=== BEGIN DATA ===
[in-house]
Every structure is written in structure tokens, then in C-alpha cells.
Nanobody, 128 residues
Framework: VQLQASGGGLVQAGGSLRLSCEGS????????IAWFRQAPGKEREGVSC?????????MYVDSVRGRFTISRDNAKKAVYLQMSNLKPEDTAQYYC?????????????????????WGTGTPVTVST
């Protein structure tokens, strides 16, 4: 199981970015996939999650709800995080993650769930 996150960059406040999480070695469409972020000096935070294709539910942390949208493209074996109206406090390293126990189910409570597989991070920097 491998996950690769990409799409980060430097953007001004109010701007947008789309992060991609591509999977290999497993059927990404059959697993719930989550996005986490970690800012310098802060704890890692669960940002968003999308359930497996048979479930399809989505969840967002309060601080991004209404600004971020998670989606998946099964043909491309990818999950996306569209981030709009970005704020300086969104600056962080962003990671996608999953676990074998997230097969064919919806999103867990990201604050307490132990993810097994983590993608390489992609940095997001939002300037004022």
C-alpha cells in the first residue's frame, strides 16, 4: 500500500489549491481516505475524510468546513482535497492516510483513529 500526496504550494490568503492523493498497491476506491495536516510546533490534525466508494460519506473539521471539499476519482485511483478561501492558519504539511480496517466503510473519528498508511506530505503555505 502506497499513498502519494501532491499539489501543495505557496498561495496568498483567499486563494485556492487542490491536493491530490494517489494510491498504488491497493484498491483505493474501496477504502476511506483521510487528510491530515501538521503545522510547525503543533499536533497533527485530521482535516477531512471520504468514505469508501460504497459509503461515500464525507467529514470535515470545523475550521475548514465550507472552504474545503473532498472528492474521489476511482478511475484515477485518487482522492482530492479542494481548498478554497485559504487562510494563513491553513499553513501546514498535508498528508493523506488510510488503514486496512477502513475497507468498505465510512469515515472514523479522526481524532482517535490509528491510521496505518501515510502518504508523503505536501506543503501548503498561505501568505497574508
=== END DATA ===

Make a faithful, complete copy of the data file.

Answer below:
[in-house]
Every structure is written in structure tokens, then in C-alpha cells.
Nanobody, 128 residues
Framework: VQLQASGGGLVQAGGSLRLSCEGS????????IAWFRQAPGKEREGVSC?????????MYVDSVRGRFTISRDNAKKAVYLQMSNLKPEDTAQYYC?????????????????????WGTGTPVTVST
């Protein structure tokens, strides 16, 4: 199981970015996939999650709800995080993650769930 996150960059406040999480070695469409972020000096935070294709539910942390949208493209074996109206406090390293126990189910409570597989991070920097 491998996950690769990409799409980060430097953007001004109010701007947008789309992060991609591509999977290999497993059927990404059959697993719930989550996005986490970690800012310098802060704890890692669960940002968003999308359930497996048979479930399809989505969840967002309060601080991004209404600004971020998670989606998946099964043909491309990818999950996306569209981030709009970005704020300086969104600056962080962003990671996608999953676990074998997230097969064919919806999103867990990201604050307490132990993810097994983590993608390489992609940095997001939002300037004022």
C-alpha cells in the first residue's frame, strides 16, 4: 500500500489549491481516505475524510468546513482535497492516510483513529 500526496504550494490568503492523493498497491476506491495536516510546533490534525466508494460519506473539521471539499476519482485511483478561501492558519504539511480496517466503510473519528498508511506530505503555505 502506497499513498502519494501532491499539489501543495505557496498561495496568498483567499486563494485556492487542490491536493491530490494517489494510491498504488491497493484498491483505493474501496477504502476511506483521510487528510491530515501538521503545522510547525503543533499536533497533527485530521482535516477531512471520504468514505469508501460504497459509503461515500464525507467529514470535515470545523475550521475548514465550507472552504474545503473532498472528492474521489476511482478511475484515477485518487482522492482530492479542494481548498478554497485559504487562510494563513491553513499553513501546514498535508498528508493523506488510510488503514486496512477502513475497507468498505465510512469515515472514523479522526481524532482517535490509528491510521496505518501515510502518504508523503505536501506543503501548503498561505501568505497574508